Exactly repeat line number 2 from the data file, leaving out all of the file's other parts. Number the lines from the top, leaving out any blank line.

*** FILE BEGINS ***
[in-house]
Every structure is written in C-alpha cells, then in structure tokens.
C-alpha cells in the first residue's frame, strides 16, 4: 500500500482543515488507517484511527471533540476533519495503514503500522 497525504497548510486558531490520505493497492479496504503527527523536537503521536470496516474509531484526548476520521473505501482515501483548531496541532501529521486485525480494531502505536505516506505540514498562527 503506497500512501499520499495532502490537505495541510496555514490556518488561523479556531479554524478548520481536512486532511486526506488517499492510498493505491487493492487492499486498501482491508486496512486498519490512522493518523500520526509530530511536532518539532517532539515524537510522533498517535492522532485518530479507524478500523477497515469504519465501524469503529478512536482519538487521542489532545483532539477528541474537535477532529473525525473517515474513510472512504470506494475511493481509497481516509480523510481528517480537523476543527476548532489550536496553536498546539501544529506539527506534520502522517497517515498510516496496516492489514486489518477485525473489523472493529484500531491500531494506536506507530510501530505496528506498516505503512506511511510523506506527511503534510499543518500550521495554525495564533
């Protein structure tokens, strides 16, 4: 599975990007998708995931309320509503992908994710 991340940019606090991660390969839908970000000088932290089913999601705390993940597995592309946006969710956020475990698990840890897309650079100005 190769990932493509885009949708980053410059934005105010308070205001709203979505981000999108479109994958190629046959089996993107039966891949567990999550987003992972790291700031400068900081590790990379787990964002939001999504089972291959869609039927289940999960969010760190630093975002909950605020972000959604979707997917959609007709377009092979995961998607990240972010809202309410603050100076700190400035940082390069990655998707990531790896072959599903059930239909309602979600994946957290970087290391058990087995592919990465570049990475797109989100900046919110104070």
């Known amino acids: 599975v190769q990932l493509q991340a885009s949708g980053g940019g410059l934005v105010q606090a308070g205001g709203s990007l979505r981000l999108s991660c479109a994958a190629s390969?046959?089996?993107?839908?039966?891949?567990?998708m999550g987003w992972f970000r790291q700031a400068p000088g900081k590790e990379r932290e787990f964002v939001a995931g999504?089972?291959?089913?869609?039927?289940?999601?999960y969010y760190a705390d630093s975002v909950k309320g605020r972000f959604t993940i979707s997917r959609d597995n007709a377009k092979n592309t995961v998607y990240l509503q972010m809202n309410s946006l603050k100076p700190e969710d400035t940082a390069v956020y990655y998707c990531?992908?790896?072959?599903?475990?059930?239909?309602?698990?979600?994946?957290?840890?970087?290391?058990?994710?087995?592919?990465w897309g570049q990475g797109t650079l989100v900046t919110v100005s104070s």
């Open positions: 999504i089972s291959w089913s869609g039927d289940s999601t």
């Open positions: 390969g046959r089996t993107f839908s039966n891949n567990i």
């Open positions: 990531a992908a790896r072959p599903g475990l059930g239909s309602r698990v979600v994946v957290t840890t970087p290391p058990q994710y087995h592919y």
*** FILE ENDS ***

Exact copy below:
Every structure is written in C-alpha cells, then in structure tokens.